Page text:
As someone who teaches American legal history at the undergraduate level, I was especially interested in those essays that explicitly discussed how they thought through the syllabus, what the themes of the course were, and what materials they assigned to that end. I particularly appreciated those contributors who named (and offered citations to) the primary and secondary sources they use in the classroom. (Amitai Aviram went one better and included a link to his syllabus and course materials for his course on “Evolution of Corporate Law & Finance.”) Herbert Hovenkamp makes a strong argument for bringing intellectual history back into legal history courses (to counterbalance the interest group narratives that have dominated the scholarship). Daniel R. Ernst walks the reader through how he teaches the development of federal administrative agencies and offers concrete examples drawn from the Department of Agriculture, the Bureau of Immigration, and the Agricultural Adjustment Administration. David S. Tanenhaus’s essay on his Brown v. Board of Education seminar offers a detailed guide to managing a course organized around a single case. Arthur F. McEvoy’s essay explains how he organizes the late twentieth century around the rise, and then fall, of the four themes in Footnote Four of Carolene Products: the regulatory state, individual rights, voting, and equal protection. I may well borrow this formulation, and some of the sources he uses (including President Johnson’s commencement speech at Howard University and California’s Proposition 13) the next time I teach this.

Several contributors describe how they place race at the center of their legal history courses. Stephanie Hunter McMahon frames her course as an explicit dialogue between the law of the marketplace and legal categories of class, race, and gender—topics too often taught on separate tracks. Stephanie L. Phillips describes how, in her seminar on Jim Crow, she contrasts the massive expansion of political participation and economic regulation for white interests during the Progressive era with the condition of blacks in the South at the period, indicating that “there is no single American legal history, but a multiplicity of histories.” (P. 188.)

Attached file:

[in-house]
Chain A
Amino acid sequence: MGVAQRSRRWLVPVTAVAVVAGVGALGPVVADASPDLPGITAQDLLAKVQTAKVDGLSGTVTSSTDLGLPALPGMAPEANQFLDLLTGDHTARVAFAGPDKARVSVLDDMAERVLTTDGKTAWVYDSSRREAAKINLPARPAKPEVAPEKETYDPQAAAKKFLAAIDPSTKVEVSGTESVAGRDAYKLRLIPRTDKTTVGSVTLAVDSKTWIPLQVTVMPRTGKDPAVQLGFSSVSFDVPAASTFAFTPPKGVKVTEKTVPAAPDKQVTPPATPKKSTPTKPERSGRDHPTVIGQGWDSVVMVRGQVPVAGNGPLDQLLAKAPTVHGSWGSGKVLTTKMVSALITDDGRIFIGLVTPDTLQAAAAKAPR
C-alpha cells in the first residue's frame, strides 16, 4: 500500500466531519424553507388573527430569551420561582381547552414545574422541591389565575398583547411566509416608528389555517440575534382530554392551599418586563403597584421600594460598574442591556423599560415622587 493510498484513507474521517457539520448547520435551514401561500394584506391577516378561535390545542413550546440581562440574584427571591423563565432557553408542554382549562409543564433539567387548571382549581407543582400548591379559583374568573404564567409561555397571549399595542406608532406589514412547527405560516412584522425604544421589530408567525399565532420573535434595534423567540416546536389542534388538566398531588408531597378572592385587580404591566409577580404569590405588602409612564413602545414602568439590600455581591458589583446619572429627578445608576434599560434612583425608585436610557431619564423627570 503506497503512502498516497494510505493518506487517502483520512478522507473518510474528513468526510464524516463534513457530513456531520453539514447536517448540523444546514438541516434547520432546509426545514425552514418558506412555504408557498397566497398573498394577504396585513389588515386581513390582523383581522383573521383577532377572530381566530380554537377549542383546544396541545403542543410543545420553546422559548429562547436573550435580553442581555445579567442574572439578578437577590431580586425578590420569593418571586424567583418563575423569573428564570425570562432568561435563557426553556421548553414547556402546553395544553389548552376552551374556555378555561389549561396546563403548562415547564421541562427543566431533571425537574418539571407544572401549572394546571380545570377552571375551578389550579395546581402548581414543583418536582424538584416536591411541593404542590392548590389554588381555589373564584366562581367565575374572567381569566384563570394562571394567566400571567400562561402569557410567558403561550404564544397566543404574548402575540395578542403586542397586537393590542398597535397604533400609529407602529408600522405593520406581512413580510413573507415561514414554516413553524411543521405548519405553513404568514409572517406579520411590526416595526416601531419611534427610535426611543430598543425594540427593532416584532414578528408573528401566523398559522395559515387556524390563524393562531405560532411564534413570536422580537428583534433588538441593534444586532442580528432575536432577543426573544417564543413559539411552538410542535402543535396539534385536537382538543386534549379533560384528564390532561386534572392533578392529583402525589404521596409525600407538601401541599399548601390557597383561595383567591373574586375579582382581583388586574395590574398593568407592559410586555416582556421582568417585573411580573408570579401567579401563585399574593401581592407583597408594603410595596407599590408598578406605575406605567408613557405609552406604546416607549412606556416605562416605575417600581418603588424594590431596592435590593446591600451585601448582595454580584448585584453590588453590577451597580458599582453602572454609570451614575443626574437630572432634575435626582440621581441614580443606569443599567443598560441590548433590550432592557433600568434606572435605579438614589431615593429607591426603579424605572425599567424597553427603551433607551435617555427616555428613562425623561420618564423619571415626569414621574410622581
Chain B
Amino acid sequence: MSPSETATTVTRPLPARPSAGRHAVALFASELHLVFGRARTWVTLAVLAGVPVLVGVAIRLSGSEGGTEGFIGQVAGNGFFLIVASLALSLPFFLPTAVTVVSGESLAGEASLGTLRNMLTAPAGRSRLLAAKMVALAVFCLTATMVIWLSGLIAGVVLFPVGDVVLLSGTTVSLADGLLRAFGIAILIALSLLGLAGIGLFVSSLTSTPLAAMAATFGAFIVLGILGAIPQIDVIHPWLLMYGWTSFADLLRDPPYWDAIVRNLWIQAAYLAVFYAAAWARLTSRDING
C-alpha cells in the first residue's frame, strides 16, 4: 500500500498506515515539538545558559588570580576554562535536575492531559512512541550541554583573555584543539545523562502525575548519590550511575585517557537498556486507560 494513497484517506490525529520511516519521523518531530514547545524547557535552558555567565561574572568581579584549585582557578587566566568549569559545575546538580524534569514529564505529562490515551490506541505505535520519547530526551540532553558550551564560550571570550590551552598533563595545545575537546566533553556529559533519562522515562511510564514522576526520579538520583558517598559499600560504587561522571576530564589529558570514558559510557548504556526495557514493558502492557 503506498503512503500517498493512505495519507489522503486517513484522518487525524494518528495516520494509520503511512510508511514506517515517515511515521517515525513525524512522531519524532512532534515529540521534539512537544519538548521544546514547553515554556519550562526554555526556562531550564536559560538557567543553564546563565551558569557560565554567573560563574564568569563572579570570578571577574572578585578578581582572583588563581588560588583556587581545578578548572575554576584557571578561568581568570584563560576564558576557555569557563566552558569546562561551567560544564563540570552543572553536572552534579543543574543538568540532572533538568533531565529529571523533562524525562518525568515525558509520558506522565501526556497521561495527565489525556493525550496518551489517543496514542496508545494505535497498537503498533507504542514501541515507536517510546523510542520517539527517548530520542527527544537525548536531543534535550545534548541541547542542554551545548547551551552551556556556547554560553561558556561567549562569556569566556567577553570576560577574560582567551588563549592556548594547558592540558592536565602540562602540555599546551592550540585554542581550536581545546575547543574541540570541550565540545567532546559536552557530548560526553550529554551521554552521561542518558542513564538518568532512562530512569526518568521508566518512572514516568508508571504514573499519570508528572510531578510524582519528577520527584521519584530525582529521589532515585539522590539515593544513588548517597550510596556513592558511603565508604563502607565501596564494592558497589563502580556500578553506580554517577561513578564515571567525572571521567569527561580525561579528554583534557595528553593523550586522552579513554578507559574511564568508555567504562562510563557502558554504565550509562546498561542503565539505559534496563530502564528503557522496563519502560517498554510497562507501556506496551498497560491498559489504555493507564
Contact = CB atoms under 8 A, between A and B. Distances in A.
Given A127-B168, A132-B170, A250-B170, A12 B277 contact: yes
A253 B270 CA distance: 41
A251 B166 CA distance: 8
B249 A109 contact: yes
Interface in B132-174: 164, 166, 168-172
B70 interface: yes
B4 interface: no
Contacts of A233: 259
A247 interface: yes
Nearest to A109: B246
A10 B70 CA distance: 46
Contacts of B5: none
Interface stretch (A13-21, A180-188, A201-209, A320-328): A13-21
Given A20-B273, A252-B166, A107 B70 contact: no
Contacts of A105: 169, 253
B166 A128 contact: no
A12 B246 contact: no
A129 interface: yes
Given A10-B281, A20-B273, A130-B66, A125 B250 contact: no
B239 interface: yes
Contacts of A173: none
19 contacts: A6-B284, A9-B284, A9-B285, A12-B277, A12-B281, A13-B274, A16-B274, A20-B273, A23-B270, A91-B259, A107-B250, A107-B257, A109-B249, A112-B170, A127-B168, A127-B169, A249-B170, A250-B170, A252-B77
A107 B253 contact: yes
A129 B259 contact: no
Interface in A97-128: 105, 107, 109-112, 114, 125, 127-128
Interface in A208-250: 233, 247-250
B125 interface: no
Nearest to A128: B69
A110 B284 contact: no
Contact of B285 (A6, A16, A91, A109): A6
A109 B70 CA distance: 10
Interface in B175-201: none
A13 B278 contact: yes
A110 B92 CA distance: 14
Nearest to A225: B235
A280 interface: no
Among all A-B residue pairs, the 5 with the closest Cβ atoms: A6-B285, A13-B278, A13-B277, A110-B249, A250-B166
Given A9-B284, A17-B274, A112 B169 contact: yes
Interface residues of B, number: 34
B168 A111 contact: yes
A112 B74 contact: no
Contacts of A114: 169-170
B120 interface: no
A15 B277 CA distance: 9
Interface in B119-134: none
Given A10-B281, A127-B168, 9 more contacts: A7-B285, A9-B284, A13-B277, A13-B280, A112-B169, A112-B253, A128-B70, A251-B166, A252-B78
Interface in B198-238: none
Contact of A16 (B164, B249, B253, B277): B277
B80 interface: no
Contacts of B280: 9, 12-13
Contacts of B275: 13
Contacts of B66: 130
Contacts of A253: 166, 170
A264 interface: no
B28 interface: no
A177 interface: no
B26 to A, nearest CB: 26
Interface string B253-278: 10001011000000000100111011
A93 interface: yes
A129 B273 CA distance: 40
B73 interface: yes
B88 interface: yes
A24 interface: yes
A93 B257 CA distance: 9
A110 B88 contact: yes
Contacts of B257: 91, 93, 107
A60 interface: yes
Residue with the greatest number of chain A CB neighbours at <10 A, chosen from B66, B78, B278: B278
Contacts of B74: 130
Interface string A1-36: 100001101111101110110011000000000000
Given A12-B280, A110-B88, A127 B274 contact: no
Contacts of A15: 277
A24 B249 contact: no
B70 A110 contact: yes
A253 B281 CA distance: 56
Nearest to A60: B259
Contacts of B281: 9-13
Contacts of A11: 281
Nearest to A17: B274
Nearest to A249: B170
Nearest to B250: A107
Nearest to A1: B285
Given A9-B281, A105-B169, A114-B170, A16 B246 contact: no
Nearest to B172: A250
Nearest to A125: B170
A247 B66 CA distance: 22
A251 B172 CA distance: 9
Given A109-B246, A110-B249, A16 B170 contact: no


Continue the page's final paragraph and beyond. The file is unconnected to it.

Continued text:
Multiple essays make clear that primary sources can guide a course in interesting ways. James L. Hunt describes how he interests his Georgia students in American legal history by swapping out ubiquitous cases and statutes for local ones. Anders Walker goes further and describes how, by using Missouri examples as a counterpoint to traditional materials, the story itself changes. Similarly, in her course on women’s legal history, Tracy A. Thomas teaches traditional subjects through sources involving women and gender (teaching nineteenth-century market relations through the Married Women’s Property Acts, for example); through these sources she “seeks to reverse engineer that history so that women’s history becomes part of the regular story.” (P. 201.) Including non-legal sources alongside cases, statutes, and treatises further broadens the story; McEvoy pairs the Civil Rights Cases with a sociological study of lynching, while Jason A. Gillmer teaches Harriet Jacobs’s Incidents in the Life of a Slave Girl and the art of Kara Walker alongside Dred Scott and State v. Mann in his course on “Race and the Law: Slavery, Jim Crow, and the Conquest of the American West.” Catherine J. Lanctot and J. Gordon Hylton are among those who describe how they use movies and videos (inside and outside the classroom) to dramatize the legal issues they teach, and Timothy J. Innes describes his use of paintings, photos, plays, and literature to make clear the relevance of the material outside the courtroom.

A common thread through many of the essays was the question of how to justify teaching legal history in law schools as they increasingly turn toward practice-oriented skills. The authors agree that it should be taught, but offer different reasons why. Some argue that legal history offers law students a different perspective from that of doctrinal courses. Christian G. Fritz, who teaches legal history as a 1L course, argues that the course “challenges students to become ‘flying fish’ who rise above the legal sea they find themselves in and attain a critical perspective from which they are encouraged to ask what they are doing in their other first-year classes, how they are doing it, and why they are doing it.” (P. 20.) Legal history thus demonstrates to law students that legal rules and doctrines exist in context; that law is neither static nor autonomous, and changes in reaction to political, economic, and social forces (or, as John V. Orth puts it, “past performance is no guarantee of future results” (P. 36)); and that law does political, economic, social and cultural work of its own (that future lawyers should be aware of and take responsibility for).